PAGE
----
App enables SARS-Cov-2 genomic analysis on your smartphone


Thursday, 08 October, 2020


App enables SARS-Cov-2 genomic analysis on your smartphone

A new mobile app has made it possible to analyse the genome of the SARS-CoV-2 virus on a smartphone in less than half an hour, making genomics more accessible to remote or under-resourced regions as well as the hospital bedside.

Genopo is a free, open-source application available through the Google Play store, developed by the Garvan Institute of Medical Research in collaboration with the University of Peradeniya in Sri Lanka. It has been described in the journal Communications Biology.

“Not everyone has access to the high-power computing resources that are required for DNA and RNA analysis, but most people have access to a smartphone,” said Garvan’s Dr Ira Deveson, co-senior author on the new study.

“Fast, real-time genomic analysis is more crucial today than ever, as a central method for tracking the spread of coronavirus. Our app makes genomic analysis more accessible, literally placing the technology into the pockets of scientists around the world.”

At the size of a USB stick, portable devices such as the Oxford Nanopore Technologies MinION sequencer can rapidly generate genomic sequences from a sample in the field or the clinic. However, analysing genome sequencing data requires powerful computation. Scientists need to piece the many strings of genetic letters from the raw data into a single sequence and pinpoint the instances of genetic variation that shed light on how a virus evolves.

“Until now, genomic analysis has required the processing power of high-end server computers or cloud services. We set out to change that,” said Garvan’s Hasindu Gamaarachchi, also a co-senior author on the study.

“To enable in situ genomic sequencing and analysis, in real time and without major laboratory infrastructure, we developed an app that could execute bioinformatics workflows on nanopore sequencing datasets that are downloaded to a smartphone. The re-engineering process, spearheaded by first author Hiruna Samarakoon, required overcoming a number of technical challenges due to various resource constraints in smartphones. The app Genopo combines a number of available bioinformatics tools into a single Android application, ‘miniaturised’ to work on the processing power of a consumer Android device.”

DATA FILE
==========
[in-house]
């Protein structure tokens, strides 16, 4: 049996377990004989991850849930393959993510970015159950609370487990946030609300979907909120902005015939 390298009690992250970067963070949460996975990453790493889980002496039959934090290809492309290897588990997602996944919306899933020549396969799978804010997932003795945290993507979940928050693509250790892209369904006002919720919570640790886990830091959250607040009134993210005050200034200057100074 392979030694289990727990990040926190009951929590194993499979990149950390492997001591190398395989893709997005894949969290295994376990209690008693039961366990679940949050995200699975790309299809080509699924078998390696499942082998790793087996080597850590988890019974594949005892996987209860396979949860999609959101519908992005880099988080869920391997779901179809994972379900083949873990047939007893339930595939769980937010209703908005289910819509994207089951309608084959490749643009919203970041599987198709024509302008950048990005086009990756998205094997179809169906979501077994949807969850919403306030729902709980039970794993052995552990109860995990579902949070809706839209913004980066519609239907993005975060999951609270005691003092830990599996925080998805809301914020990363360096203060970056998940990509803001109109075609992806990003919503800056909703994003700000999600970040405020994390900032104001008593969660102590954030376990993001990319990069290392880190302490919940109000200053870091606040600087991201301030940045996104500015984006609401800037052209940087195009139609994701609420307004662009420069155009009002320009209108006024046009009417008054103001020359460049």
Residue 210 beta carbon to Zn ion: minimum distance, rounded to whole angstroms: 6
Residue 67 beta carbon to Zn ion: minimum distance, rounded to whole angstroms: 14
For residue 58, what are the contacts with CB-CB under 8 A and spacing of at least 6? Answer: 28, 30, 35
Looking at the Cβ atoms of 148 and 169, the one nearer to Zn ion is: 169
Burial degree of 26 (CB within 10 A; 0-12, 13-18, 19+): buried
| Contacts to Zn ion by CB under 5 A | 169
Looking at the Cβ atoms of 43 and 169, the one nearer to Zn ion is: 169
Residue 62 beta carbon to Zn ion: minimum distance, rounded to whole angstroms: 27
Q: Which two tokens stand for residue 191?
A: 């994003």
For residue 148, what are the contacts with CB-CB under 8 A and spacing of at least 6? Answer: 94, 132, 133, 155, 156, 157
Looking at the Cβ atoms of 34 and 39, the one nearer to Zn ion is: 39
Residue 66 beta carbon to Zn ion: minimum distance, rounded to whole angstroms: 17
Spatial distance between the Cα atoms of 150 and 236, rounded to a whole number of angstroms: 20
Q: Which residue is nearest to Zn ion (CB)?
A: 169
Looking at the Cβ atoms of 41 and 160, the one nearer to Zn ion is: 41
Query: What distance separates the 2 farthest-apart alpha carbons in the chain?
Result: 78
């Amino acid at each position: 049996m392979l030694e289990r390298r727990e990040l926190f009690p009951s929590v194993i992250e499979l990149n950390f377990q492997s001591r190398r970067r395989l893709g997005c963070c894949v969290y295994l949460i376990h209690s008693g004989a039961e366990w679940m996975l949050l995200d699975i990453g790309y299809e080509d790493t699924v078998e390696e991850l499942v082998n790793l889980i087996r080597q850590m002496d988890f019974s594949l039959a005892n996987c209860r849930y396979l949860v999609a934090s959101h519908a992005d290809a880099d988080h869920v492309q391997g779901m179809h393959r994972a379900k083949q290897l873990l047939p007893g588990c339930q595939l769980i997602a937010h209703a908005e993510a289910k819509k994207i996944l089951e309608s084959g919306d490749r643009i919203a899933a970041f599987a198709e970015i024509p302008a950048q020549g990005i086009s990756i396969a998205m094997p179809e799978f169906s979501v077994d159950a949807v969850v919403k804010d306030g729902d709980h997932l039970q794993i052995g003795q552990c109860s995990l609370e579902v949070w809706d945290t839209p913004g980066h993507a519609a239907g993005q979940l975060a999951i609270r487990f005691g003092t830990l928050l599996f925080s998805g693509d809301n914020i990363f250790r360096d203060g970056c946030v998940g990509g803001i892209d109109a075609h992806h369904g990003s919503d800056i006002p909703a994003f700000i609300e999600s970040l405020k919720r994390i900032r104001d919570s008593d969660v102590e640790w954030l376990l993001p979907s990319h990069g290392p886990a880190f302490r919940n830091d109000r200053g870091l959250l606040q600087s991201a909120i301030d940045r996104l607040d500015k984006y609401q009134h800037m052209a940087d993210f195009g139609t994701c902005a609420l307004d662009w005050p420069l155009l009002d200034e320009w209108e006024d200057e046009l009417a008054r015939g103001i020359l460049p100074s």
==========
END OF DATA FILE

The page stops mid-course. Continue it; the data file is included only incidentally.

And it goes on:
The researchers tested Genopo on the raw sequencing data of virus samples isolated from nine Sydney patients infected with SARS-CoV-2, which involved extracting and amplifying the virus RNA from a swab sample, sequencing the amplified DNA with a MinION device and analysing the data on a smartphone. The researchers tested their app on different Android devices, including models from Nokia, Huawei, LG and Sony.

The app took an average of 27 min to determine the complete SARS-CoV-2 genome sequence from the raw data, which the researchers say opens the possibility to do genomic analysis at the point of care, in real time. Genopo can also be used to profile DNA methylation — a modification which changes gene activity — in a sample of the human genome.

“This illustrates a flexible, efficient architecture that is suitable to run many popular bioinformatics tools and accommodate small or large genomes,” Dr Deveson said. “We hope this will make genomics much more accessible to researchers to unlock the information in DNA or RNA to the benefit of human health, including in the current pandemic.”

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